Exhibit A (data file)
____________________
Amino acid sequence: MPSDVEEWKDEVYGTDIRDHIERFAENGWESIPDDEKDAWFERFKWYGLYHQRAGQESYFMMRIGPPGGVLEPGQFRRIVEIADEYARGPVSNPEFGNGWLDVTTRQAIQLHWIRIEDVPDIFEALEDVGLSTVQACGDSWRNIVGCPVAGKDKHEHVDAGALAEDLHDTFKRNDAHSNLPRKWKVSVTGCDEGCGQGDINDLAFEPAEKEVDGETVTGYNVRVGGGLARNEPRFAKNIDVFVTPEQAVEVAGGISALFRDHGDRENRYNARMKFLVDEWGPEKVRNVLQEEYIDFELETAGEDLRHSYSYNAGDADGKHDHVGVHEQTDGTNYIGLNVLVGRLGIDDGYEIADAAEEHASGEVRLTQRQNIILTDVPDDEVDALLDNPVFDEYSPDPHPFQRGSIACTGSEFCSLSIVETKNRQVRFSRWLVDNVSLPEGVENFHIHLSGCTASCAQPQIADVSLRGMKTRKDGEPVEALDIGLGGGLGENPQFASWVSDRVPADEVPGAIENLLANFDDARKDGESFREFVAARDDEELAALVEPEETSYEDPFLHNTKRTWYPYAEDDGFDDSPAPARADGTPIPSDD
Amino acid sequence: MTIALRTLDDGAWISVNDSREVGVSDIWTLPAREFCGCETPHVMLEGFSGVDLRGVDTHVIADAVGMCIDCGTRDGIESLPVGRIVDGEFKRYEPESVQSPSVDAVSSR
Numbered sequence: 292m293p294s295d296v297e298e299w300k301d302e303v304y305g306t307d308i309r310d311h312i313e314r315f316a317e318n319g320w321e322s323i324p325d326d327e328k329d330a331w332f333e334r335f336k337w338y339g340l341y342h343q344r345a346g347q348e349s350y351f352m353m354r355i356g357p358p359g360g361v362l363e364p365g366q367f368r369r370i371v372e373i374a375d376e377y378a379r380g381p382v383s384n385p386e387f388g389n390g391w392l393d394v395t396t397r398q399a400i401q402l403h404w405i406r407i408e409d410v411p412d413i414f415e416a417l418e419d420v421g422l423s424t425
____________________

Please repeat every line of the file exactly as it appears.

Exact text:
Amino acid sequence: MPSDVEEWKDEVYGTDIRDHIERFAENGWESIPDDEKDAWFERFKWYGLYHQRAGQESYFMMRIGPPGGVLEPGQFRRIVEIADEYARGPVSNPEFGNGWLDVTTRQAIQLHWIRIEDVPDIFEALEDVGLSTVQACGDSWRNIVGCPVAGKDKHEHVDAGALAEDLHDTFKRNDAHSNLPRKWKVSVTGCDEGCGQGDINDLAFEPAEKEVDGETVTGYNVRVGGGLARNEPRFAKNIDVFVTPEQAVEVAGGISALFRDHGDRENRYNARMKFLVDEWGPEKVRNVLQEEYIDFELETAGEDLRHSYSYNAGDADGKHDHVGVHEQTDGTNYIGLNVLVGRLGIDDGYEIADAAEEHASGEVRLTQRQNIILTDVPDDEVDALLDNPVFDEYSPDPHPFQRGSIACTGSEFCSLSIVETKNRQVRFSRWLVDNVSLPEGVENFHIHLSGCTASCAQPQIADVSLRGMKTRKDGEPVEALDIGLGGGLGENPQFASWVSDRVPADEVPGAIENLLANFDDARKDGESFREFVAARDDEELAALVEPEETSYEDPFLHNTKRTWYPYAEDDGFDDSPAPARADGTPIPSDD
Amino acid sequence: MTIALRTLDDGAWISVNDSREVGVSDIWTLPAREFCGCETPHVMLEGFSGVDLRGVDTHVIADAVGMCIDCGTRDGIESLPVGRIVDGEFKRYEPESVQSPSVDAVSSR
Numbered sequence: 292m293p294s295d296v297e298e299w300k301d302e303v304y305g306t307d308i309r310d311h312i313e314r315f316a317e318n319g320w321e322s323i324p325d326d327e328k329d330a331w332f333e334r335f336k337w338y339g340l341y342h343q344r345a346g347q348e349s350y351f352m353m354r355i356g357p358p359g360g361v362l363e364p365g366q367f368r369r370i371v372e373i374a375d376e377y378a379r380g381p382v383s384n385p386e387f388g389n390g391w392l393d394v395t396t397r398q399a400i401q402l403h404w405i406r407i408e409d410v411p412d413i414f415e416a417l418e419d420v421g422l423s424t425